Saturday, November 18, 2017

2017/11/18 Buena Vista Trail in Montecito


Looking down at the Santa Barbara Harbor from the mountain ridge above Montecito.



Five riders took to the trails to achieve glorious views and give their animals a real workout.
We went 3 miles in a bit less than 2 hours, climbing 660' in altitude and conquering extremely rocky and technical trails. Slow going, but scenic and challenging.




Montecito is a land of great estates, fabulously wealthy and famous people living behind gates and walls.
Despite the danger of crowding their homes up into the forest, where fires periodically rage, these are the coveted acres.

To reach our trail head I traveled up this eucalyptus-lined street.











And one by one the trailers and riders and their trusty steeds arrived.

More than a dozen had RSVP'd, but then slowly schedules changed and animals injured themselves, so in the end there were but 5.






We began with the Buena Vista Trail.

Looking at the map above that is the straight shot up the canyon, and was extremely rocky. We're not talking gravel and pebbles, this is the bones of the earth causing the barefoot mule to go rock-hopping to get up the trail. And of course it is not just an ascent, it is up for a while, then descending into a crack and across a creek bed, then back up the other side.


I know, it looks like a smooth trail but it is not. These boulders are more like what it was made of, and it takes a smart mule or horse to carefully pick their way across the terrain.

But the horizon of the mountain above beckons.



In some places rocks have been blasted away to connect the trail through.


In other places the massive boulders loomed over us, with caves scooped out of them by eons of erosion.
For scale, look on the bottom right corner to see the riders, passing through a shady tunnel of tree branches.

These photos show an invasive plant that goes by the common name of Cape Ivy or German Ivy.
Delairea odorata.
It climbs up and smothers native chaparral plants, choking them and preventing them from getting the sunlight they need. It is relentless and increases the danger of wildfires moving swiftly through these canyons filled with dead brush beneath their canopy.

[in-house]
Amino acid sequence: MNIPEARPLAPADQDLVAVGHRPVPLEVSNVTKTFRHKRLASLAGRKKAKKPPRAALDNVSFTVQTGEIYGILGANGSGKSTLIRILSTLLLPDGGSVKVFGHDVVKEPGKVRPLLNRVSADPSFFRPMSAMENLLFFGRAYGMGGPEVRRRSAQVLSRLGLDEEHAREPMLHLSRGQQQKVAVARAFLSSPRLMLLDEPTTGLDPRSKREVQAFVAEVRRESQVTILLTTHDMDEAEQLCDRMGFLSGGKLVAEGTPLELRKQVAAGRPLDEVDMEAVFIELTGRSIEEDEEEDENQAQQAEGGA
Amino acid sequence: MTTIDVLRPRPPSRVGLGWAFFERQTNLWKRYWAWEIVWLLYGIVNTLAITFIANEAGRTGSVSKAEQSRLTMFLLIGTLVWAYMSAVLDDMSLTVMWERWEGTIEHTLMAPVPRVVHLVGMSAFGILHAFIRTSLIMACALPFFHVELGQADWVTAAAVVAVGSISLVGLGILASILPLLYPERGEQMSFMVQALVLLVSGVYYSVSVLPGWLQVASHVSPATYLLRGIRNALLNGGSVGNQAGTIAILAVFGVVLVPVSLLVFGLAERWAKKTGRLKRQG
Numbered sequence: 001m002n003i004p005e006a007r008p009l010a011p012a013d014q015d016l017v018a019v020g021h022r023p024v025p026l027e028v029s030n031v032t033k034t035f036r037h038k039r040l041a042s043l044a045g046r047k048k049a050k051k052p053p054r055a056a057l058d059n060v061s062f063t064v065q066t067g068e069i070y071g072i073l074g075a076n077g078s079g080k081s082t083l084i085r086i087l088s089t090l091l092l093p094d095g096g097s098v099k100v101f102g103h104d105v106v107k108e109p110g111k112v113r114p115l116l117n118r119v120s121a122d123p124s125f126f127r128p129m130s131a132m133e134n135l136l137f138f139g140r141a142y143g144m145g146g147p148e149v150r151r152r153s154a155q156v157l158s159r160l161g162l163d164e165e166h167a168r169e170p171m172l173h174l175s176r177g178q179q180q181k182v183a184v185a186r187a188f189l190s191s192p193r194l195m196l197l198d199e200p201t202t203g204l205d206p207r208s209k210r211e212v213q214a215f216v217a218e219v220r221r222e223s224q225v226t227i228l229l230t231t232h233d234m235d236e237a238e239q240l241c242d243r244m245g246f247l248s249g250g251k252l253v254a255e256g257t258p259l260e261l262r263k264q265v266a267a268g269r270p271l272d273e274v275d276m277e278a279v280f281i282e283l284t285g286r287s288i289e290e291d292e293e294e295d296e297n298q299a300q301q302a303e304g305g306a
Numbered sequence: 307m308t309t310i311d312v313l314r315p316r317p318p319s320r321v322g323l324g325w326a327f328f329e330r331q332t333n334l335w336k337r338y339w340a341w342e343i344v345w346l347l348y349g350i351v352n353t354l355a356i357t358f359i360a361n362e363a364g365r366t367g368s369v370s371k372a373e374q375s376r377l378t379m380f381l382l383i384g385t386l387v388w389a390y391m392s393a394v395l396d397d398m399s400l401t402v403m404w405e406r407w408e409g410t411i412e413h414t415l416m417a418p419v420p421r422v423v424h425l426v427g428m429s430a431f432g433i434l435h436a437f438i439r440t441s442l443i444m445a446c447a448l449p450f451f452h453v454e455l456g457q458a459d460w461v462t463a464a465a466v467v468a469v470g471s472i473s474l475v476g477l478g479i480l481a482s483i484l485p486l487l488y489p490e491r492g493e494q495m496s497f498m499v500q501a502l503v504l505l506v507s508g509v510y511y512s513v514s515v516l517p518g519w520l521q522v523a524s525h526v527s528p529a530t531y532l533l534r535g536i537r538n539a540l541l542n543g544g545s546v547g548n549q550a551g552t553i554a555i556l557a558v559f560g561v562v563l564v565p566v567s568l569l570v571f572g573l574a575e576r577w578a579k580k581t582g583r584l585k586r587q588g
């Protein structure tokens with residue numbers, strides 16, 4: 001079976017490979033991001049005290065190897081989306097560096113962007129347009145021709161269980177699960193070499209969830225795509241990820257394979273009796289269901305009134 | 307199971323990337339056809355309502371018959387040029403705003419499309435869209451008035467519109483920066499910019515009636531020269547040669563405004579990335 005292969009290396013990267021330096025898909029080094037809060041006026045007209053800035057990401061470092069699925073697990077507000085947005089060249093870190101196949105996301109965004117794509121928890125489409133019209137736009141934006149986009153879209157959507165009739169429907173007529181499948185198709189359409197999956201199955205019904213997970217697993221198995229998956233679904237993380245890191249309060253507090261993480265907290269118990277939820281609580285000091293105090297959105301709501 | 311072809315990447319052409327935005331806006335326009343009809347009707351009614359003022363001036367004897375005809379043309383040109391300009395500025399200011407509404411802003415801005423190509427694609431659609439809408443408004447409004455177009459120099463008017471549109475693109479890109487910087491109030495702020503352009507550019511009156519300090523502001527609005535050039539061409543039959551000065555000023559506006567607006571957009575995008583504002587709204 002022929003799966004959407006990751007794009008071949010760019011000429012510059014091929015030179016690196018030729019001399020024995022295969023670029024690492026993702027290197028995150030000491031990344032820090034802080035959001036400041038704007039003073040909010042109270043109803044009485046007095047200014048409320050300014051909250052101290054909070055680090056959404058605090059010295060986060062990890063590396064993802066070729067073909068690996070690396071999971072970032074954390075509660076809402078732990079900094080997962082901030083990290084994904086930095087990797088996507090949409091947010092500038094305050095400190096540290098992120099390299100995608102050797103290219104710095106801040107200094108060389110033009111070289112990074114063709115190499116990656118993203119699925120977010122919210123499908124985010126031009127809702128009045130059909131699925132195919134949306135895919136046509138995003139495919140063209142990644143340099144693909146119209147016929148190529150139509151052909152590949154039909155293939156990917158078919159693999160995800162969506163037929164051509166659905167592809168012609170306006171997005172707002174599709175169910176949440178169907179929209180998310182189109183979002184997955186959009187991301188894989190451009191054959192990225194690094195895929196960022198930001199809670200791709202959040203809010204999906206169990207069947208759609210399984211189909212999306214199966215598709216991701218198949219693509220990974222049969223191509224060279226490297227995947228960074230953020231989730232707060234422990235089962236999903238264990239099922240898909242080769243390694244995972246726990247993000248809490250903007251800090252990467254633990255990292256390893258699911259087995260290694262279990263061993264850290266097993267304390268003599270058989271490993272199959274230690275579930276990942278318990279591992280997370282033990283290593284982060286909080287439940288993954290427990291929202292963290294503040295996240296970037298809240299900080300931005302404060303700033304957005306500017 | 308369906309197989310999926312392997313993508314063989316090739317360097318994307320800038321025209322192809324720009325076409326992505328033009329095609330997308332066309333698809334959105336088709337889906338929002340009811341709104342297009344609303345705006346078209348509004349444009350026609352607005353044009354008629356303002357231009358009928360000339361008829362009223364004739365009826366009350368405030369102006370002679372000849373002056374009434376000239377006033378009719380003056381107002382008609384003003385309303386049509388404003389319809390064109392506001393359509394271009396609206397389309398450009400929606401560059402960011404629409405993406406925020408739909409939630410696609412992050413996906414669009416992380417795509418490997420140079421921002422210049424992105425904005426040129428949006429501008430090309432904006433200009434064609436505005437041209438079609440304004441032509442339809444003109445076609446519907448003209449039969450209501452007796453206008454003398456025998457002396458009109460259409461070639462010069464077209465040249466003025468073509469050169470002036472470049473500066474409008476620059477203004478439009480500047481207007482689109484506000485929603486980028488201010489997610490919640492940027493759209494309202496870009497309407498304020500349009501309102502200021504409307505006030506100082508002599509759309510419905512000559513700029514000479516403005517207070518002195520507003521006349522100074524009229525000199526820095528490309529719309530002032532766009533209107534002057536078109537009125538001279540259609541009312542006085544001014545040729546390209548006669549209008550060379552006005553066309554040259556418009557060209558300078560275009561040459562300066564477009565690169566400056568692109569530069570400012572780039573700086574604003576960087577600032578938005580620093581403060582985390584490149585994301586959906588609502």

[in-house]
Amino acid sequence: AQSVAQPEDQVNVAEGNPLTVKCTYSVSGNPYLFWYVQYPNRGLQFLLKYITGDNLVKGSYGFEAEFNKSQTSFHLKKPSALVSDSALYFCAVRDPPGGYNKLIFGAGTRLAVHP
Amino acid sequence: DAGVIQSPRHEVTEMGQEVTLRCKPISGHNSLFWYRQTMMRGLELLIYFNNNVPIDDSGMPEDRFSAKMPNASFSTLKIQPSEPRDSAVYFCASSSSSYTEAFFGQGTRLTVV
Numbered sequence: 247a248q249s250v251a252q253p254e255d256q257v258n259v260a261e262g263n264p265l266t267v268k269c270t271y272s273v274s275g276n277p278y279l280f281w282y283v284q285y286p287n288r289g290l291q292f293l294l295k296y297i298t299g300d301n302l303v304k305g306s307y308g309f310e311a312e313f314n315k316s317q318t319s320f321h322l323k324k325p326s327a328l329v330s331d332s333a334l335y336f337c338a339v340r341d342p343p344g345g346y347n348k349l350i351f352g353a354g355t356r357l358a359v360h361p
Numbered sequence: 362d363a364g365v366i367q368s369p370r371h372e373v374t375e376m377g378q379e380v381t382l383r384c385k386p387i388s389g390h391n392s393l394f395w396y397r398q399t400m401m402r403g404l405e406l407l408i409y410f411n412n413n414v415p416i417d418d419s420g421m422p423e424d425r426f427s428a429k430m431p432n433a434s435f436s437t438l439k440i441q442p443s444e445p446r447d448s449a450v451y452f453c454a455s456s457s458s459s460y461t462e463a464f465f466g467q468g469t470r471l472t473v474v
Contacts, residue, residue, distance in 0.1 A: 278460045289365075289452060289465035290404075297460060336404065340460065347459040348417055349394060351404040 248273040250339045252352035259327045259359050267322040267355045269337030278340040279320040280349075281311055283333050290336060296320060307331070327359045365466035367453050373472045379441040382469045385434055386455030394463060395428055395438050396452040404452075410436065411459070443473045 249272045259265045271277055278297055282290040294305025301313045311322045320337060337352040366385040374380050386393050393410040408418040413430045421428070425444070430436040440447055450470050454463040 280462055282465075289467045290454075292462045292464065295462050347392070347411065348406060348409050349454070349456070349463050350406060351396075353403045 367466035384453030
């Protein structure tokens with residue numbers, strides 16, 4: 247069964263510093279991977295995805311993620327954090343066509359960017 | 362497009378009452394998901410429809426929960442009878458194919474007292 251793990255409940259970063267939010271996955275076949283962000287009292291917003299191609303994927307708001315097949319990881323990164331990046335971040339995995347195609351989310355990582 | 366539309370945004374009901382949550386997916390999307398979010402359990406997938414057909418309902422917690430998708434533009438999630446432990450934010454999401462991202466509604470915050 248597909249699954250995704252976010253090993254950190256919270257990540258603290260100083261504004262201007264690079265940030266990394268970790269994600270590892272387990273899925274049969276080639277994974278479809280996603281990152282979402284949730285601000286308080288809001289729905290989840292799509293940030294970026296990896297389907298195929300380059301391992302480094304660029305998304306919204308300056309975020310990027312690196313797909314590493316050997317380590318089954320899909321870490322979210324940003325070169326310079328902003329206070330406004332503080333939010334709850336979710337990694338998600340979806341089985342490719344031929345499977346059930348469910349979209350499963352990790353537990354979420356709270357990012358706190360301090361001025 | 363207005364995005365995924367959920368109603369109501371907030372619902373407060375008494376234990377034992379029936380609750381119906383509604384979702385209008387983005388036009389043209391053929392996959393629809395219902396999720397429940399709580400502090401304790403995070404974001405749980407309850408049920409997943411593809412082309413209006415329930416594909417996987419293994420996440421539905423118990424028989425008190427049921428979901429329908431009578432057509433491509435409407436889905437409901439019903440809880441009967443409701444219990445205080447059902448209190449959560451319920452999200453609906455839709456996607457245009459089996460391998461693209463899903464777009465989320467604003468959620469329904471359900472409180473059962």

Once we got to the top of the canyon we turned West on the Edison Catway, a bulldozed road used by utility workers for power line maintenance.
I asked my riding companions to pose there.
From left: SP on a mule, KM on an Arabian, JM and CT on Rocky Mountain horses.
And of course, the Santa Barbara Harbor behind. The islands were just barely visible today.
The power lines make a convenient spot to rest and take a break, and contemplate the 200 miles of trails available in these mountains, so lightly used they seem a hidden treasure.



But then it was time to continue down the Catway,
me and my shadow
and my mule
flopping his ears and enjoying his outing.









Some of my favorite things about this landscape are the dramatic cliffs and boulders, breaking through the trees, showing the geography of the land.


After the Catway we turned left and started to descend on the San Ysidro Trail. 

 This is a popular hiking route and we met lots of people with their kids and dogs having a healthy afternoon.



This cactus was growing at the bottom edge of a steep rock face, having somehow found a way to take hold and cling to the sandstone and multiply.








At some seasons of the year this creek bed will have water, but now it is mostly defined by the riparian trees that send their roots deep down to thrive here.





We knew we were almost back to civilization when we saw this rustic fence.
Fashioned from gnarled chaparral branches it could almost be made of driftwood.







We turned left here to follow the Old Pueblo Trail back across to the trail head we had entered the trail system from.

At this point we are tracking along the back fences of the Great Estates. The smell of bar-b-que wafted up, and the sounds of parties on this lovely Fall day that felt like Indian Summer.



And just before we got back to our starting point we found this wind-sculpted rock with a dedication plaque to Peter Bakewell.

"For his energy and time to make our trails in the Montecito area the pleasant riding and hiking paths they are today."
Montecito Trails Foundation 1981.





So it was with appreciation and gratitude that we ended our ride. Thanks to the MTF, Montecito Trails Foundation, that keeps these trails maintained for the use of the community. To the LPTR, the Los Padres Trail Riders, who sponsored and organized this ride. To my MeetUp group, the Horse and Mule Trail Riders of the 805, that attracted riders who had not previously experienced this trail system to join us.

We will return, and hope to see more riders on the trails when we do.

HAPPY TRAILS

Some trails are happy ones,
Others are blue.
It's the way you ride the trail that counts,
Here's a happy one for you.
Happy trails to you,
Until we meet again.
Happy trails to you,
Keep smiling until then.
Who cares about the clouds when we're together?
Just sing a song, and bring the sunny weather.
Happy trails to you,
Until we meet again.
      - Roy Rogers & Dale Evans 
                                                                 ##### FIN  #######